She criticized Hudson for his silence after intelligence officials concluded that Russians placed bounties on the heads of American soldiers and for his absence during a vote on the latest National Defense Appropriations Act. (Steele confirmed to The 9th Street Journal that Hudson was indeed not present for the vote.)
“I do believe that my opponent puts his political fortune ahead of the people within our district, including our military families and veterans,” she said.
Hudson declined The 9th Street Journal’s request for an interview. Breece, who knows both candidates personally and will not endorse one, praised Hudson’s accomplishments and said he deserves the “Fort Bragg’s congressman” designation.
“Without question,” Breece said. “He’s worked very hard to get funding for whatever Fort Bragg needs.”
If reelected, Hudson will continue prioritizing military and veterans affairs, Steele said. His top priorities are pushing for additional funding to improve on-base housing and passing a bill he introduced in January to extend healthcare benefits for veterans’ caregivers.
‘Losers’ and ‘suckers’
A piece published by The Atlantic in early September said President Donald Trump called service members who died in combat “losers” and “suckers” for “getting killed.” He also reportedly told former White House Chief of Staff John Kelly “I don’t get it. What was in it for them?” while visiting the gravesite of Kelly’s son, who was killed in action in Afghanistan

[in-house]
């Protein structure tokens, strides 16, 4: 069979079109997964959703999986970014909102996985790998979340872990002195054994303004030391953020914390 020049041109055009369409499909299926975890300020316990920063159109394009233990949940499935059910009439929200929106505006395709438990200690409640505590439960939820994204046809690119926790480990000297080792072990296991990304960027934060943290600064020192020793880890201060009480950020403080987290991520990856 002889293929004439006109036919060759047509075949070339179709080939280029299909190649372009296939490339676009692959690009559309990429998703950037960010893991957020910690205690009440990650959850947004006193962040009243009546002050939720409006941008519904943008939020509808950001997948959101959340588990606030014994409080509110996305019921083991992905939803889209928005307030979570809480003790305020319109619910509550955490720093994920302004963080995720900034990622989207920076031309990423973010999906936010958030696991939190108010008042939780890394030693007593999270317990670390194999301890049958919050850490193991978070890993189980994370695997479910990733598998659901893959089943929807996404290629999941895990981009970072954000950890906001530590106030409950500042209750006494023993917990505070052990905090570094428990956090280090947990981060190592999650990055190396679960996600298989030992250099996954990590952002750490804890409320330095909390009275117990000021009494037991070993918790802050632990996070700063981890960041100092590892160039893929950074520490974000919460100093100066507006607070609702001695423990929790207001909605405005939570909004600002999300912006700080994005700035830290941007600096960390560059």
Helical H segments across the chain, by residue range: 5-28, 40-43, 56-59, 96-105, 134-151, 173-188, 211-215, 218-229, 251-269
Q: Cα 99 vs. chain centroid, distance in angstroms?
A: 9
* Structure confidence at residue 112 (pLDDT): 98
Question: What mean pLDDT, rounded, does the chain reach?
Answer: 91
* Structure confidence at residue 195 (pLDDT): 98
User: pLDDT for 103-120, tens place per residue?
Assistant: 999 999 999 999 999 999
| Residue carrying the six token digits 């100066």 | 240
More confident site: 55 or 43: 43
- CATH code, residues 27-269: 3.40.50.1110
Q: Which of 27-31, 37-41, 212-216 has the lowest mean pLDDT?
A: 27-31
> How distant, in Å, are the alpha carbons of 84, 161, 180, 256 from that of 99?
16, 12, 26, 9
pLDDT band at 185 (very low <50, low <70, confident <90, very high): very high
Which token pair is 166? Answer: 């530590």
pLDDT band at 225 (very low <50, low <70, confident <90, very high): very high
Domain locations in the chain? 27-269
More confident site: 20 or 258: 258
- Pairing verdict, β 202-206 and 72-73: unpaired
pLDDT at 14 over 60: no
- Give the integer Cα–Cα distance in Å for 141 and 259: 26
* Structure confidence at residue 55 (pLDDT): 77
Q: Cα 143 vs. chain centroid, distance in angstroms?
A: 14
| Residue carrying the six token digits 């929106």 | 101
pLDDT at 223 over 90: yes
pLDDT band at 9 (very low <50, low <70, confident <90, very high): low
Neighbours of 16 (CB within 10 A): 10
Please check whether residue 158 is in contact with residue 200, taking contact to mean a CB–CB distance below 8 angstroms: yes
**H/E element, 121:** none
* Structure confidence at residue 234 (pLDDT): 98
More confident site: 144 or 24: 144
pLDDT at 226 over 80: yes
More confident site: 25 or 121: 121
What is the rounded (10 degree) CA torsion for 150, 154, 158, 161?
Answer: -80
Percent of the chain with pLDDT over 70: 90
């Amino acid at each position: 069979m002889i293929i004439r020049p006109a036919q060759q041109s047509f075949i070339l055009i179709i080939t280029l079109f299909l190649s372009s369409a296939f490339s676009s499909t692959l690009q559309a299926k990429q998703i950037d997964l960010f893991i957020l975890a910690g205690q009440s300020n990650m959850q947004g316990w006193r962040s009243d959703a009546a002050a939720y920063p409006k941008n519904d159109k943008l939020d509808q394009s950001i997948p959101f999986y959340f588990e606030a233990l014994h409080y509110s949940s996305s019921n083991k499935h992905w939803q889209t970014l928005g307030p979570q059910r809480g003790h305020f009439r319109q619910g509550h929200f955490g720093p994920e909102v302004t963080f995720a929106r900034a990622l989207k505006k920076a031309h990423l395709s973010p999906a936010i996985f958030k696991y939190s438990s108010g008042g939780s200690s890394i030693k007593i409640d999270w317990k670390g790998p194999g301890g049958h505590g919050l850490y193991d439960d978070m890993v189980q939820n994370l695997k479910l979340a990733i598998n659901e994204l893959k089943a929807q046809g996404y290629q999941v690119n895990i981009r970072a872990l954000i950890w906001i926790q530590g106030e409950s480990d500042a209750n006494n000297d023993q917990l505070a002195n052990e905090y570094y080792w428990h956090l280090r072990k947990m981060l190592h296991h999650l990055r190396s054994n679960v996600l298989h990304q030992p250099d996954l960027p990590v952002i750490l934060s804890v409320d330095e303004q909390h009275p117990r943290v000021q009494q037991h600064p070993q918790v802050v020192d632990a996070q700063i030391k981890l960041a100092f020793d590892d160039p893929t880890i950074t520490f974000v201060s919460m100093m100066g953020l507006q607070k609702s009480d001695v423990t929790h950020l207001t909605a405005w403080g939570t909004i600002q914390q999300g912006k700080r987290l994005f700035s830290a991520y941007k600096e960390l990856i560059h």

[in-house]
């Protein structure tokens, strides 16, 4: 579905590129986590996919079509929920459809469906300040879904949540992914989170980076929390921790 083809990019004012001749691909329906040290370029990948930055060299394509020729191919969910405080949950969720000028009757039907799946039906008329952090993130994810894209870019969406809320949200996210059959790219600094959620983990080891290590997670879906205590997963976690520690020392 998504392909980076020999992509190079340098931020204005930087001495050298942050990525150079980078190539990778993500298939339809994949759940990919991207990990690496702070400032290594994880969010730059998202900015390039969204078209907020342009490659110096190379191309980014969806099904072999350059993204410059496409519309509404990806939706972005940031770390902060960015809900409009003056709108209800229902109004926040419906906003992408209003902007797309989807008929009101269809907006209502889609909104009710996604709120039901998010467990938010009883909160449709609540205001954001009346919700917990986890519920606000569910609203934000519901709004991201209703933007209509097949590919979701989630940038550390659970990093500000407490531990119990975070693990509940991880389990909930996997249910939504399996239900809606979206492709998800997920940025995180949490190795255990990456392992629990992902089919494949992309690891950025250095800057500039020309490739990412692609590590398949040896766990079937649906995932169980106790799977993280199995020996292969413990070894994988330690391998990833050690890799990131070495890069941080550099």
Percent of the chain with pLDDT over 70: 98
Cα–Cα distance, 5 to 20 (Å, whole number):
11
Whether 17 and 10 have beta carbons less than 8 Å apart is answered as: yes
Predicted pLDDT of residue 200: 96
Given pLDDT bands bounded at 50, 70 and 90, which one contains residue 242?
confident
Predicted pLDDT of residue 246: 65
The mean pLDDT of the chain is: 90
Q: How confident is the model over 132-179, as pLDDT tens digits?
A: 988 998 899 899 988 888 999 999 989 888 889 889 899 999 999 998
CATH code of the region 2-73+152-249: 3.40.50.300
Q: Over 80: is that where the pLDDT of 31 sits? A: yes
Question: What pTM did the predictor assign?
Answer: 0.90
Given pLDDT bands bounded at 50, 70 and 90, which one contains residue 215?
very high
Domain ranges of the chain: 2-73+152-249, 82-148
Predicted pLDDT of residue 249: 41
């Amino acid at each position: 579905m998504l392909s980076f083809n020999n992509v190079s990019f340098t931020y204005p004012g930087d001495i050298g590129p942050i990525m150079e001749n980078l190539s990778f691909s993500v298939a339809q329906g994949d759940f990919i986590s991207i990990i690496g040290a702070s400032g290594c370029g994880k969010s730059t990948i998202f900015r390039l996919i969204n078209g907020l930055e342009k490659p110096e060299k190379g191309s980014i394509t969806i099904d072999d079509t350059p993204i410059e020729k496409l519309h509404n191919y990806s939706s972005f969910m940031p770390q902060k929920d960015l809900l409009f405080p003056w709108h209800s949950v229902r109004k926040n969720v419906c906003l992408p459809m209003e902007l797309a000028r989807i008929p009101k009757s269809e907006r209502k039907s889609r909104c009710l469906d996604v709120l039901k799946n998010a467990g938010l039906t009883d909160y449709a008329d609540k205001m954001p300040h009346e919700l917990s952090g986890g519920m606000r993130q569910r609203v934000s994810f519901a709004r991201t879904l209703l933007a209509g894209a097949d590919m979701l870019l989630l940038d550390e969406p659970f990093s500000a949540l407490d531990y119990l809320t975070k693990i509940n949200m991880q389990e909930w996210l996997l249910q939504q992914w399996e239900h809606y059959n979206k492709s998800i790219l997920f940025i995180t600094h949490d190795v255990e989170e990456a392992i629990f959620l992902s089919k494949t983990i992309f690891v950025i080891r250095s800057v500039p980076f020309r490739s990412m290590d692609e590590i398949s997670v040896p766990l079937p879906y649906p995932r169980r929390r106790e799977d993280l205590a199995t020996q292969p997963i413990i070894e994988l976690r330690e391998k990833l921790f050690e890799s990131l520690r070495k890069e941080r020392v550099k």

“I was there the next day when he stood in the rain to honor our fallen,” Hudson tweeted in the president’s defense.
Steele offered no further comment, but said voters should look at Hudson’s track record to see what he’s done for the military community.
Timmons-Goodson, however, was outspoken on Twitter in her criticism of the president’s reported remarks.
“My father, brothers, nephews, and neighbors are not ‘losers’ or ‘suckers,’” she tweeted. Her father, Edward Timmons, served as a sergeant first class and an 82nd Airborne Army Ranger at Fort Bragg. “We all should honor the sacrifice of those who serve, our leaders should too,” she added.
Amidst the debate, Breece sees common ground: both candidates highly value the military. He’ll feel good about the election’s winner regardless of who it is.
“Both of these candidates are very good and decent people, and they both understand Fort Bragg,” Breece said. “I am confident that Fort Bragg will be well served.”